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If an application is licensed in such a way that is set up for one user, on one computer, how can I secure it?

Even if locking into one computer, how could you prevent the computer from being remotely accessed by others, so that only one user can use the application at a time.

I am curious if there is an security precautions that one can include to stop people from accessing an application more than once?

My ideas were

  1. I was thinking of testing System properties for Server versions of Windows, etc, but then I realized you can remote into any computer, with a variety of programs, so that is out the window.

2.a I was also thinking of setting a flag in my application that I could send/receive from the server, so that the application wont launch again if it's opened already by someone else due to that flag being true?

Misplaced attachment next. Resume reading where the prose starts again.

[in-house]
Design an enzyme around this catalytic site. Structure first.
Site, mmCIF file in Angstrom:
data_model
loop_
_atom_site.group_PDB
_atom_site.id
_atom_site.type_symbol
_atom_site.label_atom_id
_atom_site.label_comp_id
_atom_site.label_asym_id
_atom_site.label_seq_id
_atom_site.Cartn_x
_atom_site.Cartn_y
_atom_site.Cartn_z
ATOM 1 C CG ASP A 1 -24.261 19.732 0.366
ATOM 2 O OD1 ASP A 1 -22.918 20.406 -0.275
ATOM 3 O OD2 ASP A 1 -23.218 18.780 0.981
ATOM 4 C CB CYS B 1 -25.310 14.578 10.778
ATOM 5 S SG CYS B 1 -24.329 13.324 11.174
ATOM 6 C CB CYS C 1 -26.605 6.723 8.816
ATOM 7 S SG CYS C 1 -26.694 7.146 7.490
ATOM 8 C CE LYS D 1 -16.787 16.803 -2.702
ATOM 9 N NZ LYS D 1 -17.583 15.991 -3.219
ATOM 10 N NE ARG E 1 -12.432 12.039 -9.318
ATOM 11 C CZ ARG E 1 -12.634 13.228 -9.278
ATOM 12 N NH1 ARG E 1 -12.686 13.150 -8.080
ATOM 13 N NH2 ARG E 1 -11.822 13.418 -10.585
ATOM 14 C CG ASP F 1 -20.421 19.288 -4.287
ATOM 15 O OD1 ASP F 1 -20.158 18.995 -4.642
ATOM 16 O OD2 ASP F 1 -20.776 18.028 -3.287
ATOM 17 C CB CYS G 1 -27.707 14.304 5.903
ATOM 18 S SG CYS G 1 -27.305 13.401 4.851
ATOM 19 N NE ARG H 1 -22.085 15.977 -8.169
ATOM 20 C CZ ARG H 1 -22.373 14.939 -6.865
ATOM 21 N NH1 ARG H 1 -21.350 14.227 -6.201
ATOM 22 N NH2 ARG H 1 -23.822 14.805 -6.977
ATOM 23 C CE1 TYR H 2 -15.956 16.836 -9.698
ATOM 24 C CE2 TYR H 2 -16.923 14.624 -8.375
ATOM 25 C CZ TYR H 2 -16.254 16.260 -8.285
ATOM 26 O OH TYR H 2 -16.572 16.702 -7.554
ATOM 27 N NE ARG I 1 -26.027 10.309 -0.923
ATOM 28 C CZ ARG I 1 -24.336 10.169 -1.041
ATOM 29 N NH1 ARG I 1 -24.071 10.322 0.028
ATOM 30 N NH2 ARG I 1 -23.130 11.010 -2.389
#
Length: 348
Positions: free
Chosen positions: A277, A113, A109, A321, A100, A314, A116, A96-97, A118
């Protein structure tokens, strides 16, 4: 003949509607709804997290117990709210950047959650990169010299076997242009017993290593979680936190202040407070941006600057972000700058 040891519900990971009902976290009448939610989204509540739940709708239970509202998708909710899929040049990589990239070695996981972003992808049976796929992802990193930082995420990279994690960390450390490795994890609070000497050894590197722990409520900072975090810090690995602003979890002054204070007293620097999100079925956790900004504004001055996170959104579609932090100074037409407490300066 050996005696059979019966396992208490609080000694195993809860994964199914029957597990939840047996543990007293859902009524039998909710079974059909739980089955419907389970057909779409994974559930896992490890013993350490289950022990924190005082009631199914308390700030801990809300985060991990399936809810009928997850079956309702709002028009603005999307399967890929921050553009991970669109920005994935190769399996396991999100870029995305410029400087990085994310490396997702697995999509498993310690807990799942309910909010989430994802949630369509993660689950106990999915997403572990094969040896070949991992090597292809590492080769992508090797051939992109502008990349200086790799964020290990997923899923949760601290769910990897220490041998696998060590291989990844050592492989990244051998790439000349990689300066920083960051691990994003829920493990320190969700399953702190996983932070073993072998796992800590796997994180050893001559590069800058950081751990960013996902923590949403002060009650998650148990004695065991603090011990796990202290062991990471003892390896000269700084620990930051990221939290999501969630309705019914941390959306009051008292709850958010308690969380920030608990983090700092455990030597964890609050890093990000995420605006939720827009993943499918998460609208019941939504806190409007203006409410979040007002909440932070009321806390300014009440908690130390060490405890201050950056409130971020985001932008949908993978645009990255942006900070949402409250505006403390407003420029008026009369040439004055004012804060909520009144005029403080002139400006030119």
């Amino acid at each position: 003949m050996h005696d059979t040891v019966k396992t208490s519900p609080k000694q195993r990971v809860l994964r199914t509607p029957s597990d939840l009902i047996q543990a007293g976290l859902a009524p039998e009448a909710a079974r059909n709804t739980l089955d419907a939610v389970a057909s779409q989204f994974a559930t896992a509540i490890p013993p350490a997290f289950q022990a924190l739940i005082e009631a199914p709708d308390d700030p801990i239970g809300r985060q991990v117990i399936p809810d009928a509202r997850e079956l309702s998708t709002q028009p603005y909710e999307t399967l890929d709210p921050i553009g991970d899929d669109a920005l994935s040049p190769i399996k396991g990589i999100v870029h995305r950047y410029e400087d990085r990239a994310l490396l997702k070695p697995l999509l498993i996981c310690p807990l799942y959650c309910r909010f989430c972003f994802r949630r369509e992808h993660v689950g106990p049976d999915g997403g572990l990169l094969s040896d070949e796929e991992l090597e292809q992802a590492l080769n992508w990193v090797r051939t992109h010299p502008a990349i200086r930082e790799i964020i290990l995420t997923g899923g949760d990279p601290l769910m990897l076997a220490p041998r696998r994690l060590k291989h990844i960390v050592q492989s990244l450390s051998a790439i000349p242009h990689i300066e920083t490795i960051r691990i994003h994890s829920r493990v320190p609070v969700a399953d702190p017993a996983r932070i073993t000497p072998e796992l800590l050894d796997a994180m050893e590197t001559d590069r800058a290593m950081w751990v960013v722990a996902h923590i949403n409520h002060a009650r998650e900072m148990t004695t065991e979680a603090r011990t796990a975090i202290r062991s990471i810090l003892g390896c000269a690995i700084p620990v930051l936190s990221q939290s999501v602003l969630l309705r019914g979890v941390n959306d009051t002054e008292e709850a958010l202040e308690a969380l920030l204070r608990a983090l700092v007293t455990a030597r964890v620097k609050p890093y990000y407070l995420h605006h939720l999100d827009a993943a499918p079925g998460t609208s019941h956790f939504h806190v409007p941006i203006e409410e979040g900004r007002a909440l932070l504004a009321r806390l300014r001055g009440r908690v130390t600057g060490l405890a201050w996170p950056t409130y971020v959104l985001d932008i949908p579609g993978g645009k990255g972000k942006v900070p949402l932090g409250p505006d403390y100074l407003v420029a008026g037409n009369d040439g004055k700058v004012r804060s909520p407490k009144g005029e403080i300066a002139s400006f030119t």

Is it a security issue if I connect to my server, with FTP, before the application even logs a user in?

2.b Since the users login could I also set that flag once that user logs in, so that they can't log in again? (I think this should be done regardless, since a user should only log in once).

  1. I also thought about trying to find and see if the application is already running on the machine (as a process or task i.e., what shows in "Task Manager").

I'm not sure which of these are viable solutions(Would have to research how to do some of this), so I'm curious if anyone has a better example?

Thanks for the info.

  • So you're trying to design DRM? – Robert Mennell May 24 '16 at 23:41
  • I'm not really sure, but the wiki says DRM is used to protect distribution of works, to protect copyright. This is just trying to stop a user from buying 1 license of an application, and having multiple users use it, which breaks the license agreement. Wiki uses the term "Scheme" for DRM, which seems to be a negative thing, so I'm not sure if that is frowned upon? For what I've been asked to do I don't see that much of a big deal since the person is buying one copy of the application, like buying a game with 1 cd-key that can be used one at a time. Is there a difference? Thanks – XaolingBao May 24 '16 at 23:49